If you’re familiar with any of the ‘New’ Super Mario Bros. games, or any of the side-scrolling Mario games of the past, there isn’t a whole lot to tell you about.Â A few new power ups like Balloon Yoshi and Flying Squirrel Suit give the game some new strategies, but the real meat of the same is simply taking Mario on a new adventure.
The ‘World’ style of play means you get a big over-world map of levels that you unlock in sequence, with only a few alternative paths giving a couple of options of which way to go first.Â Around the map will be shortcuts, secret level/path unlocks, Toad huts, Baby Yoshi’s (with their own types of power ups), and new challenges to beat.
Read our full review of New Super Mario Bros. U after the break.
One of the greatest innovations made by Nintendo with the launch of the Wii U is Miiverse.Â Not only does Miiverse finally bring an online element to Nintendo, it also creates a community between all Wii U players that surpasses even Xbox Live’s ability to link people together.Â This Miiverse integration into New Super Mario Bros. U lets players share their strategies, stories, funny quips, pictures, and feel like you’re online with others during the game.
Up to five people can play on together on the same Wii U.Â Four people can use Wiimotes, and someone else can use the GamePad to assist the others.Â The GamePad user can create platforms, disrupt enemies, stop objects, and do a -ton- of useful things to assist.Â We feel like this is an absolutely ideal way for parents to get involved with their kids playing.Â Parents can use the GamePad to make the experience easier for their kids while still being apart.Â Â The GamePad can also be used for assisted speedruns, and to provide a nifty and different way of playing Mario games.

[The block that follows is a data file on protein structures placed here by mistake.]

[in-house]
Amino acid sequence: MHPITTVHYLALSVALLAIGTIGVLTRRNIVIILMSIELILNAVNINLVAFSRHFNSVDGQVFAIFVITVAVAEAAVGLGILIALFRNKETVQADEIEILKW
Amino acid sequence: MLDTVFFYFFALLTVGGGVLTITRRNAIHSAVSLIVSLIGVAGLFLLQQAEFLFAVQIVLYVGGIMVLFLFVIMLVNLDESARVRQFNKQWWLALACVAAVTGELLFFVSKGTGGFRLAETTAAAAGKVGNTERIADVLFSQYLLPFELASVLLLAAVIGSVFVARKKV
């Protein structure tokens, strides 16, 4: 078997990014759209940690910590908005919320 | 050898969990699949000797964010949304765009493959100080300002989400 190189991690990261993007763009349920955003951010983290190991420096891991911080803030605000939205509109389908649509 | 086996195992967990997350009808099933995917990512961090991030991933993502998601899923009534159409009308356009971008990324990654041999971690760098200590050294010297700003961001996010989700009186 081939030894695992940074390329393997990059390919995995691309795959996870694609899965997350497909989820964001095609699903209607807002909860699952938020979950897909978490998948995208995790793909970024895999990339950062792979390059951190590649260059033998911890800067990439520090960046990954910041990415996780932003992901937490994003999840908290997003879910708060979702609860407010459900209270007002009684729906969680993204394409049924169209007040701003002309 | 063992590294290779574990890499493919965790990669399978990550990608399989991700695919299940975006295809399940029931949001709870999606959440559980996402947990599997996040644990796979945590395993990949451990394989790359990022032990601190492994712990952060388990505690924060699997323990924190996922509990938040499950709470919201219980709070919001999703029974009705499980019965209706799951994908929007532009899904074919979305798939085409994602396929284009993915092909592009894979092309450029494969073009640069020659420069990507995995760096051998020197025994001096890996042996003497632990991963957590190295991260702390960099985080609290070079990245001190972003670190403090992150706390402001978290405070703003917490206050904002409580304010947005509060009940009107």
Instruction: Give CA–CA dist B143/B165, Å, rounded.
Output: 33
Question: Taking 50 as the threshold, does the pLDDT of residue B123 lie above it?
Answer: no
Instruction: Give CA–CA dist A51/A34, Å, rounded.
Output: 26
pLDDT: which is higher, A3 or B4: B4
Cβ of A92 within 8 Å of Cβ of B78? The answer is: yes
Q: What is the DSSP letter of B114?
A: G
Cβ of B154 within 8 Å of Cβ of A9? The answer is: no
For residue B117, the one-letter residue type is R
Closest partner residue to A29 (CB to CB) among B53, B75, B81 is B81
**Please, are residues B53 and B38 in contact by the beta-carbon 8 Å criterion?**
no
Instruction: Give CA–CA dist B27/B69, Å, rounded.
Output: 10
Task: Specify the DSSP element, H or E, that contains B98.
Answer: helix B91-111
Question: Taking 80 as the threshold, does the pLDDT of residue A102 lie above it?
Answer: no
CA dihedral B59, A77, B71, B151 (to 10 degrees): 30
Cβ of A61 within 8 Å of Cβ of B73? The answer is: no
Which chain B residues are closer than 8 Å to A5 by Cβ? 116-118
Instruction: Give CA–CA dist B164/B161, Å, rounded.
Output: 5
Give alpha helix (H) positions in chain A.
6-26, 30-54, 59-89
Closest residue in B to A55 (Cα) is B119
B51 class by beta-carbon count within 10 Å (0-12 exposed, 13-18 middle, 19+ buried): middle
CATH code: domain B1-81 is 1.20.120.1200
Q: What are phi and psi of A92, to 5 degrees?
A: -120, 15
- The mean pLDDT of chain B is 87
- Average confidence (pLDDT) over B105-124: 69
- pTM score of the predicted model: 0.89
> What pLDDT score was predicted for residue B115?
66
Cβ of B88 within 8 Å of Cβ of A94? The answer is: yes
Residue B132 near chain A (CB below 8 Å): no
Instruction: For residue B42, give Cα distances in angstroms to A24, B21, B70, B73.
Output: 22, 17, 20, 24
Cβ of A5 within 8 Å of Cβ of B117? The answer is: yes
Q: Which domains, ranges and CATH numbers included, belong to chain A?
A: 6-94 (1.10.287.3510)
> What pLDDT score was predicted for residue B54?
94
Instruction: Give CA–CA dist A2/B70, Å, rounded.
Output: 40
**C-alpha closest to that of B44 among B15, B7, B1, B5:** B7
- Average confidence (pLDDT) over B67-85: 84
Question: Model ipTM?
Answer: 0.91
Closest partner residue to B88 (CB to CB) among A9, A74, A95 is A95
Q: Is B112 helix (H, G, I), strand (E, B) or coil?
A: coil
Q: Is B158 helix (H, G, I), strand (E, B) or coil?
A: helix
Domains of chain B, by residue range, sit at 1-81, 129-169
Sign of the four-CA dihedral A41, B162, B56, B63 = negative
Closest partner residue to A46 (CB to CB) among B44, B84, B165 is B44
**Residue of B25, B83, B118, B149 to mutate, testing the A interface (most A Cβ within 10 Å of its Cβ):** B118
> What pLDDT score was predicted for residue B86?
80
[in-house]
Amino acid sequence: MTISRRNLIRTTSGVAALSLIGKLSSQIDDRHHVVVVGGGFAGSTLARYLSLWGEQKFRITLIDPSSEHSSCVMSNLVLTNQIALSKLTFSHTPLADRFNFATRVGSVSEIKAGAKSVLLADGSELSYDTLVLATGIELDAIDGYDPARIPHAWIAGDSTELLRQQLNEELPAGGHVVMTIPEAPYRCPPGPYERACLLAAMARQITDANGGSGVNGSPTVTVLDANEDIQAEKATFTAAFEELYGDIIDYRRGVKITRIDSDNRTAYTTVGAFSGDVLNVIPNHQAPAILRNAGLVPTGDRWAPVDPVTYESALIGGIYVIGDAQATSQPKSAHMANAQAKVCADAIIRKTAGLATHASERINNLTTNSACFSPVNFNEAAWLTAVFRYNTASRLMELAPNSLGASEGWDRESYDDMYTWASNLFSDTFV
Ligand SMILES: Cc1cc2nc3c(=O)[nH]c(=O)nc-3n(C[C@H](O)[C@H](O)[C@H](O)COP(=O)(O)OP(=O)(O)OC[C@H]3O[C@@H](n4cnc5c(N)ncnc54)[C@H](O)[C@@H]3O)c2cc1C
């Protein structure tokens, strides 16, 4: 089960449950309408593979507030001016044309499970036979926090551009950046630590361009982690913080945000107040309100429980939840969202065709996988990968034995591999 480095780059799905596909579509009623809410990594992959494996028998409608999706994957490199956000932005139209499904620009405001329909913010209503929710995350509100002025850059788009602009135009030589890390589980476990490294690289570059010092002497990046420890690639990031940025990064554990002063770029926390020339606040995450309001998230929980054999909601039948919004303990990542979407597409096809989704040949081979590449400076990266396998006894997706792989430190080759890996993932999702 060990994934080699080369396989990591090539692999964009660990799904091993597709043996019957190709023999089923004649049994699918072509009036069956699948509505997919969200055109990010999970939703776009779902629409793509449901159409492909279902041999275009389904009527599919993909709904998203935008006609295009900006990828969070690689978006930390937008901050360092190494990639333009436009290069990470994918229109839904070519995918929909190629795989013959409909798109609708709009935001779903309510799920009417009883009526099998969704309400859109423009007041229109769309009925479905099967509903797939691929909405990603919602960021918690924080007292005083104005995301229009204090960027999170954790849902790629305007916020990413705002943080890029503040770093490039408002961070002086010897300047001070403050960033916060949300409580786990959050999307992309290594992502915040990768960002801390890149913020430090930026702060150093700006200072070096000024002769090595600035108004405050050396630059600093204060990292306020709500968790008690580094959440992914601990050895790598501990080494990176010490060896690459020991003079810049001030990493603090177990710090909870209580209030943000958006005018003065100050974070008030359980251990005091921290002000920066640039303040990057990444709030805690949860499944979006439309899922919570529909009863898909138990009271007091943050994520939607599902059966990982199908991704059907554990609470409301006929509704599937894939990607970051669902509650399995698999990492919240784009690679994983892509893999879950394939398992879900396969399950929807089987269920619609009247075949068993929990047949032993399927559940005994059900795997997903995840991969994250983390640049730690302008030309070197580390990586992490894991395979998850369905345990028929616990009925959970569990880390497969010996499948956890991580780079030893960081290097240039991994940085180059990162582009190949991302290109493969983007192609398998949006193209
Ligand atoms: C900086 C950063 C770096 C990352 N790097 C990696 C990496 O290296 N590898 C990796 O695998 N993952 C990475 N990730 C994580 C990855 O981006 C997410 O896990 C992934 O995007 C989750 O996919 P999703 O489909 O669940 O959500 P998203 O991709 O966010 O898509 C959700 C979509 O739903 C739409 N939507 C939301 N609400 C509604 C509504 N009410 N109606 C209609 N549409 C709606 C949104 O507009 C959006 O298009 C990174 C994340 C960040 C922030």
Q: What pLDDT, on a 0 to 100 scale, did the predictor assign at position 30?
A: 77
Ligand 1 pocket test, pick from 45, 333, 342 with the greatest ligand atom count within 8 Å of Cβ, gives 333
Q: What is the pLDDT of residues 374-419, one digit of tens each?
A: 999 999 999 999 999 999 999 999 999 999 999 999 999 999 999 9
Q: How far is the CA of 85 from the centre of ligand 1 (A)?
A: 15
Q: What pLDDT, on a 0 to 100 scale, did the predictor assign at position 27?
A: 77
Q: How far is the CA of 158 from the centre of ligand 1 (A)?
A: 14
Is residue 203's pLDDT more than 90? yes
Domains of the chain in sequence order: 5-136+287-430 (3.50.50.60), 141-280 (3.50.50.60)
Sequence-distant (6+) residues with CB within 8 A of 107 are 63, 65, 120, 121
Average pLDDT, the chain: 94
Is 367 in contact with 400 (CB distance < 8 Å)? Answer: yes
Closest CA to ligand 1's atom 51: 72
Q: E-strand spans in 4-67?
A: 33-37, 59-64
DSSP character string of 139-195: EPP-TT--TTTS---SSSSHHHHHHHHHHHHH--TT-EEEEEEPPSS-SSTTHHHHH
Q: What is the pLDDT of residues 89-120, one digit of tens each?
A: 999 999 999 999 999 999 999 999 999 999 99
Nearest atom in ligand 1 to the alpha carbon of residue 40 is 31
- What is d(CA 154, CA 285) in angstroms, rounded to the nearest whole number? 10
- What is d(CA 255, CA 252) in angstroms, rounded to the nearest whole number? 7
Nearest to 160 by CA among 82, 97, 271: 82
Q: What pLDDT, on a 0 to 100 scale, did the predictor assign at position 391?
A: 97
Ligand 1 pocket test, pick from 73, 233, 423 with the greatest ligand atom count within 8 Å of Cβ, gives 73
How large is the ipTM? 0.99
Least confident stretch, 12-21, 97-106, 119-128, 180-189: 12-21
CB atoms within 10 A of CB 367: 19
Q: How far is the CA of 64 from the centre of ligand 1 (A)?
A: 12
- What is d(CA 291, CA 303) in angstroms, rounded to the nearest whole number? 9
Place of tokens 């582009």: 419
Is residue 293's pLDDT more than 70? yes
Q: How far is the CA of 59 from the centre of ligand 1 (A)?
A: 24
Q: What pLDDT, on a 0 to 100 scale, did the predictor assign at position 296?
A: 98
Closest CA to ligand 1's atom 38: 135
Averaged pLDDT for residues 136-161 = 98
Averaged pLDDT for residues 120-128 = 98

Multiplayer isn’t easy.Â You’d think that playing with others would mean more players to take out enemies, but in reality players end up getting in each others way.Â We’re constantly jumping on the other person’s head and knocking them off cliffs, or bumping each other into falling icicles.Â Stealing upgrades, fighting for 1-ups, and seeing who can get to the top of the flag pole at the end of levels is both maddening and fun.
We wish the GamePad could be used as an actual controller when not being used for Boost Mode.Â We have to set the controller aside and basically use it for Miiverse activities.Â Occasionally one of us will grab it and place a block on top of the other person’s head to force a hilarious kill.
Boost Rush, Coin Battle, & Challenge Modes
These additional modes provide players with levels and gameplay not in the original game.Â These levels are designed to give players a new objective: Speedrun, avoid touching the ground, see how long you can go without dieing, avoid projectives, and other unconventional gameplay.Â These modes are a lot of fun.
- Gorgeous HD graphics, stunning stylized visuals on some levels
- New Power ups are a great addition — Baby Yoshi!
- The difficulty feels like a perfect blend between “omg this is insane!” and “Woot, stomped that!”
- Miiverse creates an actual online community for players
- Still can’t kick shells upward
- Yoshi’s are left behind when completing a level (except Baby Yoshi)
- Some ‘Lands’ are a bit small
- When playing with multiple people, the GamePad can only be used for Boost Mode.
- Wiimote only sucks.Â Want to use classic or Pro controllers.
New Super Mario Bros. U takes Mario and flies them (via squirrel suit) to the proverbial next level.Â In addition to improvements likeÂ gorgeous graphics and retro ‘world’ gameplay, Nintendo found several ways to be innovative with Mario that we didn’t expect.
We give New Super Mario Bros. U a 4.5/5 and highly recommend it for new gamers, old gamers, and even core gamers seeking a true challenge.Â Such a great game!